Acutely, ovarian torsion may cause enlargement and edema of the affected ovary, which may be more easily detected on fat-saturated,T2-weighted images. An ovarian mass or cyst is often associated with cases of ovarian torsion. Hemorrhage within the ovarian stroma itself is a later finding of torsion and demonstrates variable signal on T1- and T2-weighted images, depending on the age of the contained blood products.2
Although endometriosis is a common cause of infertility, pain related to endometriomas can be encountered during pregnancy. Endometriomas will demonstrate high signal on T1-weighted images and typical “shading” (low signal on T2-weighted images), as seen in nonpregnant patients. Multifocal involvement, adhesion, and tethering of adjacent structures also support a diagnosis of endometriosis (Figure 12).2
Atypical ectopic pregnancy
Ninety-five percent of ectopic pregnancies are tubal and can be diagnosed with ultrasound. In the setting of atypical locations and large ectopics, the large field of view afforded by MR is helpful in defining the anatomic origin and effect on other structures in the pelvis (Figure13). One example is the case of a cesarean ectopic in which the relation to the cesarean scar can clearly be seen (Figure 14).34
Cystitis and pyelonephritis
Again, with urologic conditions, ultrasound is the primary imaging modality for diagnosis in pregnant patients. However, thickening of the urinary bladder wall can be detected on MR as well as on CT and may suggest inflammation related to infection. Nondependent signal voids in the urinary bladder suggest air, which is only normal if iatrogenic (eg, recent Foley catheter placement or cystoscopy). Pyelonephritis is usually a complication of lower urinary tract infections. The affected kidney may be enlarged or have perinephric fluid, which is nonspecific. The prototypical “striated nephrogram” will not be detected without intravenous contrast, but diffusion-weighted imaging may identify restricted diffusion (Figure 15). Proteinaceous material in the collecting system will be of higher signal intensity than urine on unenhanced T1-weighted images. Renal abscesses may complicate pyelonephritis; they are difficult to confidently identify on MR without intravenous contrast. A focal area of perinephric stranding (versus perinephric stranding surrounding the whole kidney) is a clue to a possible underlying abscess.33
Using half-Fourier single-shot fast SE for evaluation of the urinary tract, collecting system, and ureteral stones will be detected as focal areas of signal void. Similarly, blood clots and fungus balls are also of low signal intensity. Collecting system air should layer nondependently. When there is laminar flow in the ureter, a central, poorly defined filling defect may be seen on the SSFSE sequence (Figure 2). Perirenal fluid can be seen in obstruction, but is nonspecific, as in other radiographic modalities.2 Urothelial tumors are less common causes of urinary obstruction and may be eccentrically located within the collecting system and have associated wall thickening. The full extent of tumor involvement may be difficult to delineate without intravenous contrast.33
Hydronephrosis is a common finding late in pregnancy. If the degree of hydronephrosis is moderate to severe, or the patient is symptomatic, MR can further evaluate the ureters. Typically, pregnancy-related hydronephrosis will show tapering of the ureter to the point where it is extrinsically compressed by the gravid uterus and posterior structures, often at the sacral promontory (Figure 16). Ureteral calculi are typically symptomatic, will cause a more abrupt caliber change of the ureter, and may have associated periureteral inflammatory changes (Figure 17). If ureteral dilation is distal to the pelvic inlet, there is an increased likelihood of an obstructing calculus being the cause of hydronephrosis.2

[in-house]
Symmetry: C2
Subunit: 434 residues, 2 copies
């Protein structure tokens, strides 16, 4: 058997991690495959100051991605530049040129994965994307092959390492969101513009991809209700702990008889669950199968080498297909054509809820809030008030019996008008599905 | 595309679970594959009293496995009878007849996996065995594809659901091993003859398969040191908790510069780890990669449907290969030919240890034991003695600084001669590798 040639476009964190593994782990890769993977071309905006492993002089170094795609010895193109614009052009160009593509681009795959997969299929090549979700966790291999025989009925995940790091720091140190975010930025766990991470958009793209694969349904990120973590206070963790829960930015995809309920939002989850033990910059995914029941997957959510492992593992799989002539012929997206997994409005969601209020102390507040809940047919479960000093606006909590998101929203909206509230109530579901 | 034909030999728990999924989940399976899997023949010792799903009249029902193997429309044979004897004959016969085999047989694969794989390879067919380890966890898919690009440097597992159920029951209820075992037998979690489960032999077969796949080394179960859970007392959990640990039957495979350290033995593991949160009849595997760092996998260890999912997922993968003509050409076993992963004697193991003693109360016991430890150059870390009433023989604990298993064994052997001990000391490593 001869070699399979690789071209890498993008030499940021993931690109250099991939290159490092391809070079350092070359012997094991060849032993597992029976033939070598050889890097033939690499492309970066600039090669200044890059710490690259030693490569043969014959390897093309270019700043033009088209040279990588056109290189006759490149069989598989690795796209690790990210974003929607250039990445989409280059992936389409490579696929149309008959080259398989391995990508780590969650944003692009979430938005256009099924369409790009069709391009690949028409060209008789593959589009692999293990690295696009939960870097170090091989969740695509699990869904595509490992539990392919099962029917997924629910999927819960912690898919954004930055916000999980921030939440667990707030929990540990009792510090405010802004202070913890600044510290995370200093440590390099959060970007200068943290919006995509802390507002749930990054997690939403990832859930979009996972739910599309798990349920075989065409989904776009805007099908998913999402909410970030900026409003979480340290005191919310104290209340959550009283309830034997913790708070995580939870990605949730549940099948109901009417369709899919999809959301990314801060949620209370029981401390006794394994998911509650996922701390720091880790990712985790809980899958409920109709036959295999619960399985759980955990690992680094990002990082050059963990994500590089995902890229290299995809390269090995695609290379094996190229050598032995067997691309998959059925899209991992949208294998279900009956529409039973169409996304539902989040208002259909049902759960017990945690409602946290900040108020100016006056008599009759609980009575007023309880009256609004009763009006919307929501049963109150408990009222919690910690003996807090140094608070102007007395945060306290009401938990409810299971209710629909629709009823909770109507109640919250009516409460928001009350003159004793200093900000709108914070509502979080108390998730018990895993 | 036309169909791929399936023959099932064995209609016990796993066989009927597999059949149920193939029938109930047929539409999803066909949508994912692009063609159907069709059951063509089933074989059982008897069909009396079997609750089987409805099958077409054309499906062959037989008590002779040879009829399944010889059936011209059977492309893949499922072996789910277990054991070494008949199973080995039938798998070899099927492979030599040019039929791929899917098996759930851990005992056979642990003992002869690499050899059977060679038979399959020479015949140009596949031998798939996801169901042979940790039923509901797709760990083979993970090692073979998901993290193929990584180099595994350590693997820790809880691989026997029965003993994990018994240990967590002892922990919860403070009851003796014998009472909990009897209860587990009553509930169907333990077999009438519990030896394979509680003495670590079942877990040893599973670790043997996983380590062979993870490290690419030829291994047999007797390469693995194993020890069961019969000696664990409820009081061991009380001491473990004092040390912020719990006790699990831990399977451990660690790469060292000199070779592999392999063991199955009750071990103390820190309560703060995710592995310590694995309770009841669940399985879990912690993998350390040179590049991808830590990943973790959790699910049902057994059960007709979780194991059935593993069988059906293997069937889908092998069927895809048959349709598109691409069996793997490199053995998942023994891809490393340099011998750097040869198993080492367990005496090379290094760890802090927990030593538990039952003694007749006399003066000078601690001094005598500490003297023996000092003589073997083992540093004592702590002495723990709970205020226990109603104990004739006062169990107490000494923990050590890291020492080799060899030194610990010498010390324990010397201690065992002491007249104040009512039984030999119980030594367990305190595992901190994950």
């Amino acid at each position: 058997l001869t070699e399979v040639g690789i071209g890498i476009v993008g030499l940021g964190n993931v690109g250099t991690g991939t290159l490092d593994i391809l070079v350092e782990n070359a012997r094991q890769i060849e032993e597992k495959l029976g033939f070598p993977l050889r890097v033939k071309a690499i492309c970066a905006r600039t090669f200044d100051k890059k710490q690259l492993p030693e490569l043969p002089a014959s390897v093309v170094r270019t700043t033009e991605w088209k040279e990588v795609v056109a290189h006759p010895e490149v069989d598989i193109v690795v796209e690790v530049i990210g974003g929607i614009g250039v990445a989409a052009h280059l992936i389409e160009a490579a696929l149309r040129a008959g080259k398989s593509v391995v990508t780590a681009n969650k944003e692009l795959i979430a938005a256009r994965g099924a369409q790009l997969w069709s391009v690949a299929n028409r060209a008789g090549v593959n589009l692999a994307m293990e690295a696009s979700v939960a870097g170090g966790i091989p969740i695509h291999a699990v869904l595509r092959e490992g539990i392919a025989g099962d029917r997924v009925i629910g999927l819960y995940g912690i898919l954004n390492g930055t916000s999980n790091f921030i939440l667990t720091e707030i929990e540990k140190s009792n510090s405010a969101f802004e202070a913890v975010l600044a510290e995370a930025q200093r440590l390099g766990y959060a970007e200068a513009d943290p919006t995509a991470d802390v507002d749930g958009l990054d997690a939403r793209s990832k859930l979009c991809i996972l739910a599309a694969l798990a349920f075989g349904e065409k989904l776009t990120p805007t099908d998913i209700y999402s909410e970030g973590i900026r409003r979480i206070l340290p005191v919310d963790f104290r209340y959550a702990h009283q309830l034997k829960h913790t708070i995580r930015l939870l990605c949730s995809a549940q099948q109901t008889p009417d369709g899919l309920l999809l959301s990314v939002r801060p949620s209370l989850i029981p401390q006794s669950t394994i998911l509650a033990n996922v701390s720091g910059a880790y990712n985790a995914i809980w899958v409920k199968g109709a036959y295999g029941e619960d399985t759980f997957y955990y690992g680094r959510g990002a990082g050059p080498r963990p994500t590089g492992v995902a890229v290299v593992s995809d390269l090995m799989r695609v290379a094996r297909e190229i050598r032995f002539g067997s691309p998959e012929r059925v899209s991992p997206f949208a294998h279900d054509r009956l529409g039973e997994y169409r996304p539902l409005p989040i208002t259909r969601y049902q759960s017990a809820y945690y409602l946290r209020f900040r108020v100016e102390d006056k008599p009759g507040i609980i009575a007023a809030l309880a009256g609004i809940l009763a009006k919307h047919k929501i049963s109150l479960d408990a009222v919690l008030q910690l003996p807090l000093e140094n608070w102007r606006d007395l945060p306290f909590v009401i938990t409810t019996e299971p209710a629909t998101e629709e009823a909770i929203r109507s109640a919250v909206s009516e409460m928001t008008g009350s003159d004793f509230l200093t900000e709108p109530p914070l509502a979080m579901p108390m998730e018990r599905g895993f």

Determining the source of abdominal and pelvic pain in the pregnant patient necessitates an accurate and timely diagnosis. Imaging will continue to provide vital diagnostic information; the utilization of MR technology is growing in cases where sonographic evaluation alone is not sufficient to guide management.13 An awareness of the utility of MR imaging for the pregnant patient with abdominal and pelvic pain and an appreciation for the appearances of a variety of pathologies can be useful for enabling a broader implantation of this technology, thereby minimizing exposure to ionizing radiation.
- Pedrosa I, Lafornara M, Pandharipande PV, et al. Pregnant patients suspected of having acute ppendicitis: Effect of MR imaging on negative laparotomy rate and appendiceal perforation rate. Radiology. 2009;250:749-757.
- Pedrosa I, Zeikus EA, Levine D, Rofsky NM. MR imaging of acute right lower quadrant pain in pregnant and nonpregnant patients. RadioGraphics. 2007;27:721-743.
- Pedrosa I, Levine D, Eyvazzadeh AD, et al. MR imaging evaluation of acute appendicitis in pregnancy. Radiology. 2006;238:891-899.
- Oto A. MR imaging evaluation of acute abdominal pain during pregnancy. Magn Reson Imaging Clin N Am. 2006;14:489-501, vi.
- Oto A, Ernst RD, Ghulmiyyah LM, et al. MR imaging in the triage of pregnant patients with acute abdominal and pelvic pain. Abdom Imaging. 2009;34:243-250.
- Brown M, Birchard KR, Semelka RC. Magnetic resonance evaluation of pregnant patients with acute abdomial pain. Ultrasound CT MRI. 2005;26:206-211.
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- Vadeyar S, Moore RJ, Strachan BK, et al. Effect of fetal magnetic resonance imaging on fetal heart rate patterns. AM J Obstet Gynecol. 2000;182:666-669.
- Baker P, Johnson IR, Harvey PR, et al. A three-year follow-up of children imaged in utero with echo-planar magnetic resonance. AM J Obstet Gynecol. 1994;170:32-33.
- Clements H, Duncan KR, Fielding K, et al. Infants exposed to MRI in utero have a normal paediatric assessment at 9 months of age. Br J Radiol. 2000;73:190-194.
- Long SS, Long C, Lai H, Macura KJ. Imaging strategies for right lower quadrant pain in pregnancy. AJR Am J Roentgenol. 2011;196:4-12.
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- Inci E, Kilickesmez O, Hocaoglu E, et al. Utility of diffusion-weighted imaging in the diagnosis of acute appendicitis. Eur Radiol . 2011;21:768-775.
- Singh AK, Desai H, Novelline RA. Emergency MRI of acute pelvic pain: MR protocol with no oral contrast. Emerg Radiol. 2009;16:133-141.